For at least a generation of children, several words once used to describe positive learning experiences have since been reduced to a series of “four-letter words” shunned from today’s classrooms: “make,” “fail” and “play.” This is shocking to me, as these words were at the heart of the creativity that cemented the trajectory of my future. Today, we stand at the epicenter of a creativity crisis and I strongly believe we got here after removing some of our most formidable weapons in education – make, fail and play. Together, these words are the key to unlocking the creative potential of all learners, preparing them to solve the grand challenges that lie in our future and to thrive in the 21st century workforce.
This is what I had the honor of speaking about at the TEDx event in Sausalito last month. It was such a privilege to share the stage with some incredibly inspiring people from all over the nation around the theme, “Why Creativity?” To name a few:
- Ali Partovi, the co-founder of Code.org, iLike, and LinkExchange talked about how we need to stop thinking of coding as just for coders and instead to begin thinking of computer science as a foundational subject – like math – as it provides a basic understanding of how the world works.
- Beth Hennessey, professor of psychology at Wellesley College, shared six things that can kill creativity in her talk on “Cultivating Intrinsic Motivation and Creativity in the Classroom,” including (not in the same order): 1) Competition 2) Evaluation 3) Surveillance 4) Promise of a Reward 5) Restriction of Choice and 6) Restriction of Time. What happens when you combine all these together? Today’s current school environment.
- Randy Swearer, vice president of Autodesk Education Experiences, discussed how creativity is a literacy and a part o liberal arts that should be exercised from “K through gray.” He also pointed out how our education system has been designed around separate subjects. This worked well when we reimagined education in the Industrial Age, but our world is fundamentally different now and he suggests many subjects should be taught together, like “STEAM” (science, technology, engineering, arts, and math).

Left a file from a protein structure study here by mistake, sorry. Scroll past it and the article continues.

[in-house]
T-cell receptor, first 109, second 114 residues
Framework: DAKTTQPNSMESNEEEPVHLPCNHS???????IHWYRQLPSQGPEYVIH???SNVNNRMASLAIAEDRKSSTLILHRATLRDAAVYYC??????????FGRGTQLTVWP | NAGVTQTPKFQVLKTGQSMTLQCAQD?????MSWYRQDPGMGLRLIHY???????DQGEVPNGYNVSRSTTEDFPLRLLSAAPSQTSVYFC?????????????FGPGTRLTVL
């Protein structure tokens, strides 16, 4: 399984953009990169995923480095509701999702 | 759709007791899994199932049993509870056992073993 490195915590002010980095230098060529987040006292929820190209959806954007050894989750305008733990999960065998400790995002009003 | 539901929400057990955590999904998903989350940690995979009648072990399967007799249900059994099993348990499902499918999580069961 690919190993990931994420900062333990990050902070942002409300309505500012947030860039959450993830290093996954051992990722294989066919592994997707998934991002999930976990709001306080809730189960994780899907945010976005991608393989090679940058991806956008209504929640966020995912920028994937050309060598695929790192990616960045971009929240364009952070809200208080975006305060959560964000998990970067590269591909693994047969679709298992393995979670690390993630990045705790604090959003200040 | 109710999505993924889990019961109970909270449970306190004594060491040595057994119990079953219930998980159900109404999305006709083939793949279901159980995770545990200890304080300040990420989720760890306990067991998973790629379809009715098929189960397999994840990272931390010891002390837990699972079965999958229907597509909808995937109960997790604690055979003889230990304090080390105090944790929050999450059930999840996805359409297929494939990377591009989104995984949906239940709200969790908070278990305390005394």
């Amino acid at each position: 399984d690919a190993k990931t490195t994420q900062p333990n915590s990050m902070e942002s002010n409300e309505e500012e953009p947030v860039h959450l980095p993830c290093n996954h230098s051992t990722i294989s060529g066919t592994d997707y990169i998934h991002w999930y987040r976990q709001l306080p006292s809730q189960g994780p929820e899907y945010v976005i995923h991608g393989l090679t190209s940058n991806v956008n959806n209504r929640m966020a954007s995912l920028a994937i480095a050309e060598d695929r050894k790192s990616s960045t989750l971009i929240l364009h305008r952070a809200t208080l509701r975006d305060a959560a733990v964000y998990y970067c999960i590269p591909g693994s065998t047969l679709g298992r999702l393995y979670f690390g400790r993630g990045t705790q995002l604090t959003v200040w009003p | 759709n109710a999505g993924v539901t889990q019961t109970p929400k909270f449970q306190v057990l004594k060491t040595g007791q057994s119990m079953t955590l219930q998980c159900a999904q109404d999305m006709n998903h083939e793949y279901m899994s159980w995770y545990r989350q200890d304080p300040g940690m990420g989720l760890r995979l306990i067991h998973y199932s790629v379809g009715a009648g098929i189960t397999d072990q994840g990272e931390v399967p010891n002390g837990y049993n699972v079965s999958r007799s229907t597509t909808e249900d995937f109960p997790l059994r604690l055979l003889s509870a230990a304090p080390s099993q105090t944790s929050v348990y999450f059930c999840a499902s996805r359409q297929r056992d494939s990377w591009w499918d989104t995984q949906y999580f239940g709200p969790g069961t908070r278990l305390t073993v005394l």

Since I was participating as a speaker, I unfortunately wasn’t able to catch every talk, but so glad to have been a part of it. The TEDxSausalito event provided the opportunity to explore so many unique ideas and important issues, trends, and challenges surrounding creativity in education, business, technology and our lives.
Did you catch my talk at the event or on the live webcast online? I’d love to hear from you, if so.
Speaking of exploring unique ideas, my next stop was the Google Science Fair. This was my second year judging and once again, I was absolutely stunned by the projects and young people who created them! As a judge, I had the honor of getting a front seat to witness these incredible creations, including a wound management device, a fertilizer made from natural leaves, a carbon filter made to significantly decrease Styrofoam waste, stabilization fins that increase rocket efficiency, and more. The grand prize winner this year was 16-year-old Kiara Nirghin of South Africa, who created a way to turn fruit into soil-ready water storage that can be a solution for long-term water needs. Check out all the finalists and their projects online here. The job of selecting first among equals was daunting, demanding and ultimately rewarding as we celebrated all the entrants for their creativity, courage and curiosity. For me, they are another example of what young minds can do when they are allowed to make, fail and play in the context of learning. Congratulations to each entrant and especially to the winners. I’m already looking forward to next year’s!
Click here to watch a recap of the TEDxSausalito talks. (Stephan Turnipseed’s talk on “Why Creativity” is the last talk in the series.)